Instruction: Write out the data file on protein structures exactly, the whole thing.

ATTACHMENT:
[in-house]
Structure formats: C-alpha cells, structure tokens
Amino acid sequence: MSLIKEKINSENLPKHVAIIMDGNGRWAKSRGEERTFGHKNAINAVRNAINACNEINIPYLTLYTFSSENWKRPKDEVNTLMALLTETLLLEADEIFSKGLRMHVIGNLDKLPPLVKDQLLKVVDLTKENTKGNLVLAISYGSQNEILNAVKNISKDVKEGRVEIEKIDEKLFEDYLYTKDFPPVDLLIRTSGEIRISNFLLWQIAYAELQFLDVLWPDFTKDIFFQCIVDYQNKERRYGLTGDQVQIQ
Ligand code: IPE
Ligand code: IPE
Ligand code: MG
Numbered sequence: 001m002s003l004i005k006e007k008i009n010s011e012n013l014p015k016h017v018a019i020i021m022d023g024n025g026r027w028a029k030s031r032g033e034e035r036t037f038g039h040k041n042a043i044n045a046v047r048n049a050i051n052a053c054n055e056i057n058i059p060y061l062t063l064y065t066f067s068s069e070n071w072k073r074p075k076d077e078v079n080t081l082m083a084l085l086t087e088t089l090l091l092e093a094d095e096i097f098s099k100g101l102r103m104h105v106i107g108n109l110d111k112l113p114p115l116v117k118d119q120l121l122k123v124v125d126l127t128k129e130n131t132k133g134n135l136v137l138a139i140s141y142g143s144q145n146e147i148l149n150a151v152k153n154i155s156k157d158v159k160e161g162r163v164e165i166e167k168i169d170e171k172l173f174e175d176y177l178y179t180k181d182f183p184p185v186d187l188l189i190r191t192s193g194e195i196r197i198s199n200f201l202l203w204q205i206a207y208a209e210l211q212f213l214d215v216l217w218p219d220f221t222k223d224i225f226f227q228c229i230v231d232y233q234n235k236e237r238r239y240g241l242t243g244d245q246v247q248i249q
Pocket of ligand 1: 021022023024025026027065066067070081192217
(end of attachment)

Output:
[in-house]
Structure formats: C-alpha cells, structure tokens
Amino acid sequence: MSLIKEKINSENLPKHVAIIMDGNGRWAKSRGEERTFGHKNAINAVRNAINACNEINIPYLTLYTFSSENWKRPKDEVNTLMALLTETLLLEADEIFSKGLRMHVIGNLDKLPPLVKDQLLKVVDLTKENTKGNLVLAISYGSQNEILNAVKNISKDVKEGRVEIEKIDEKLFEDYLYTKDFPPVDLLIRTSGEIRISNFLLWQIAYAELQFLDVLWPDFTKDIFFQCIVDYQNKERRYGLTGDQVQIQ
Ligand code: IPE
Ligand code: IPE
Ligand code: MG
Numbered sequence: 001m002s003l004i005k006e007k008i009n010s011e012n013l014p015k016h017v018a019i020i021m022d023g024n025g026r027w028a029k030s031r032g033e034e035r036t037f038g039h040k041n042a043i044n045a046v047r048n049a050i051n052a053c054n055e056i057n058i059p060y061l062t063l064y065t066f067s068s069e070n071w072k073r074p075k076d077e078v079n080t081l082m083a084l085l086t087e088t089l090l091l092e093a094d095e096i097f098s099k100g101l102r103m104h105v106i107g108n109l110d111k112l113p114p115l116v117k118d119q120l121l122k123v124v125d126l127t128k129e130n131t132k133g134n135l136v137l138a139i140s141y142g143s144q145n146e147i148l149n150a151v152k153n154i155s156k157d158v159k160e161g162r163v164e165i166e167k168i169d170e171k172l173f174e175d176y177l178y179t180k181d182f183p184p185v186d187l188l189i190r191t192s193g194e195i196r197i198s199n200f201l202l203w204q205i206a207y208a209e210l211q212f213l214d215v216l217w218p219d220f221t222k223d224i225f226f227q228c229i230v231d232y233q234n235k236e237r238r239y240g241l242t243g244d245q246v247q248i249q
Pocket of ligand 1: 021022023024025026027065066067070081192217